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Background: Inhaled medications including corticosteroids are the most effective long-term controller medicines for asthma-related chronic airway inflammation. Despite this fact, 30% to 70% of the uncontrolled asthma patients report non-adherence to their inhalers. The study investigated factors affecting inhaler non-adherence among outpatient asthma patients in Muhimbili National Hospital, Dar es Salaam Tanzania and related the level of inhaler adherence to the extent of asthma control.
Methods: A cross-sectional hospital-based study was conducted among patients with bronchial asthma in the pulmonology clinic of Muhimbili National Hospital in Dar-es-salaam, Tanzania. Patients’ demographic, clinical and socio-economic factors were collected using a structured questionnaire. Medication adherence was self-reported using a 10-item Test of Adherence to Inhalers (TAI) questionnaire. Adherence was gauged as good when the score was 50, intermediate (score 46-49) or poor (score ≤ 45). Asthma control was assessed using a 5-question Asthma Control Test (ACT). A score of ≥20 meant well controlled asthma while a score of ≤19 meant poorly controlled asthma. Patients’ inhaler use technique was assessed using a 12-step checklist. Patient’s technique was regarded correct when all the steps were performed correctly. Categorical data were summarised as proportions. Binary logistic regression was performed to identify factors associated with inhaler non-adherence. Significance level was set at p-value less than .05.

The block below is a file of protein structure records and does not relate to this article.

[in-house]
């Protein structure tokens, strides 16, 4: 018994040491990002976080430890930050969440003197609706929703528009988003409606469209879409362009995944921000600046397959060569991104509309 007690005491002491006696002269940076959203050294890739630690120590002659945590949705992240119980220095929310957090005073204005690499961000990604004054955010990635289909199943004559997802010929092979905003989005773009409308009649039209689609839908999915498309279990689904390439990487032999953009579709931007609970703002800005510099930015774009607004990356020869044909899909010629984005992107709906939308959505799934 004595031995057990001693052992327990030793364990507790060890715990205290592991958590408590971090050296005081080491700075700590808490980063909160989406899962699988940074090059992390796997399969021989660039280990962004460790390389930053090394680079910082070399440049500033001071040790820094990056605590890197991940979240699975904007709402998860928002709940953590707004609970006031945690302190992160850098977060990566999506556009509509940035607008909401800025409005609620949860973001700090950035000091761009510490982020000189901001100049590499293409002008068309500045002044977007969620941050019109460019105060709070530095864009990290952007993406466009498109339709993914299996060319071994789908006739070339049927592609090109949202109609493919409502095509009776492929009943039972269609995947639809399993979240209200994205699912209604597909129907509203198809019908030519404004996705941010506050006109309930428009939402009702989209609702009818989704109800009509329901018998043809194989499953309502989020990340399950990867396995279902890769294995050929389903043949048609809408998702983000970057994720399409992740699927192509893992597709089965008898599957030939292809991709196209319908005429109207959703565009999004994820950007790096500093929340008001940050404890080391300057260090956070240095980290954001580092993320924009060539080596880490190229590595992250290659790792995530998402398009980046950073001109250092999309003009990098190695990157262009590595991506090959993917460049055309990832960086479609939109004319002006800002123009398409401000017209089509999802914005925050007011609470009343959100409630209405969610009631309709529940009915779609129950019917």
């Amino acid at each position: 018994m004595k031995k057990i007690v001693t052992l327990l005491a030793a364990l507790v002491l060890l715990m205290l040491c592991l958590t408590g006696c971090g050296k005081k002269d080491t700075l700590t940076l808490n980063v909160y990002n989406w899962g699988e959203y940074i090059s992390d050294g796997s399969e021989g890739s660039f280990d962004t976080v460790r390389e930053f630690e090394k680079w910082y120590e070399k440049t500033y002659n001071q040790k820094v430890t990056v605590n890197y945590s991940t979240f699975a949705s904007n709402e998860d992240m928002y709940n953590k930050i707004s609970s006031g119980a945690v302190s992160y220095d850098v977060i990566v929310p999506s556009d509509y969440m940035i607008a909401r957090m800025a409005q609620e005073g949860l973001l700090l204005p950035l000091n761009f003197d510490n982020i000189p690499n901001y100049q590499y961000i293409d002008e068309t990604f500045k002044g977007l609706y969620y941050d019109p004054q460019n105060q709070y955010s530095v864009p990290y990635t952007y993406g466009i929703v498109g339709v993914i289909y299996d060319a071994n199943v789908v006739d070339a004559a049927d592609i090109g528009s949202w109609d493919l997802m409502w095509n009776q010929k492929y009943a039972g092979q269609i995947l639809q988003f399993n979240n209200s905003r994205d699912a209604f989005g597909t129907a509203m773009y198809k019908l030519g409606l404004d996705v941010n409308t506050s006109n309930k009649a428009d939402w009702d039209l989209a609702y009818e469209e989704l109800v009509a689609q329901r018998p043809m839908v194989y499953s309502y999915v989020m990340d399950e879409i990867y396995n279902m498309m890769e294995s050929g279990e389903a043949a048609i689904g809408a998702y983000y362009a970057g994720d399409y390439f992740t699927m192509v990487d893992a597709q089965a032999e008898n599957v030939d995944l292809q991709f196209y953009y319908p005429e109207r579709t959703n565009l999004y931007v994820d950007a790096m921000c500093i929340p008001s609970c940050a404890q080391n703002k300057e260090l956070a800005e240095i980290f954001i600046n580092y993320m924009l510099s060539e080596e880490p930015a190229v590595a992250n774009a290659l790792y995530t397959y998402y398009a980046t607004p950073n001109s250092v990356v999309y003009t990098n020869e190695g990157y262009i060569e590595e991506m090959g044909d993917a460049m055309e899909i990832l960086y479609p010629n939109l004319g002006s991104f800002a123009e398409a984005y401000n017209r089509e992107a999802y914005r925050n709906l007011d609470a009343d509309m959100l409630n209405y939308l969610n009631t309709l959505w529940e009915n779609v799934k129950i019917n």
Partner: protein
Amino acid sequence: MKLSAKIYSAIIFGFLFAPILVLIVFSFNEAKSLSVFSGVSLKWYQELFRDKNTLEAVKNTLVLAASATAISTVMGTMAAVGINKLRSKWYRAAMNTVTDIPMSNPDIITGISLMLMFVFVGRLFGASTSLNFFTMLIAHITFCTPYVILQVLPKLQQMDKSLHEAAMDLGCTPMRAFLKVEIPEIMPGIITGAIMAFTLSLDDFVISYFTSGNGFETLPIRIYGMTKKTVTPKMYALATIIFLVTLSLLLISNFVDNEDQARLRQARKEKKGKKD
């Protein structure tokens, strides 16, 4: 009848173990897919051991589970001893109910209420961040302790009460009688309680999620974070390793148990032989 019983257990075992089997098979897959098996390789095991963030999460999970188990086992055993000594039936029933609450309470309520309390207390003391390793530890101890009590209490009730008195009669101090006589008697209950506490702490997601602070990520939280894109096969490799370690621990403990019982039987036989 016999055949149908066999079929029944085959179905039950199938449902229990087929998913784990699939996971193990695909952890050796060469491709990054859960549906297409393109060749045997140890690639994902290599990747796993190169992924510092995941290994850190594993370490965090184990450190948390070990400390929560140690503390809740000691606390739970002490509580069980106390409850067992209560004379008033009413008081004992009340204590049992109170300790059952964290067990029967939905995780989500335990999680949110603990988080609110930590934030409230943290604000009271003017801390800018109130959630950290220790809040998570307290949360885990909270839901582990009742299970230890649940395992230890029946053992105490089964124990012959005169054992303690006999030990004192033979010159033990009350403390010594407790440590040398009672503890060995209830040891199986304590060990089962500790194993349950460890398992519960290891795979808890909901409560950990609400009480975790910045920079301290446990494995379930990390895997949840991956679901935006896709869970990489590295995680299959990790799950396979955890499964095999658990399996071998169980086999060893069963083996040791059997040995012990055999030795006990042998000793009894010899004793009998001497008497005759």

Results: A total of 385 asthma patients were enrolled in the study. Females were 206 (53.5%), 232(60.3%) were nonadherent to medications and 283(73.5%) had poorly controlled asthma. Lack of health insurance, fear of medication side effects, being too busy, having alternative medication for asthma and incorrect inhaler technique were significantly associated with non-adherence to inhalers, all p-values <.05.
Conclusion: The magnitude of inhaler non-adherence and poorly controlled asthma were very high. Promoting adherence through patients’ education on asthma and its management, emphasis on patients’ insurance coverage and setting aside time to care for ones’ self are fundamental in optimising asthma care and treatment.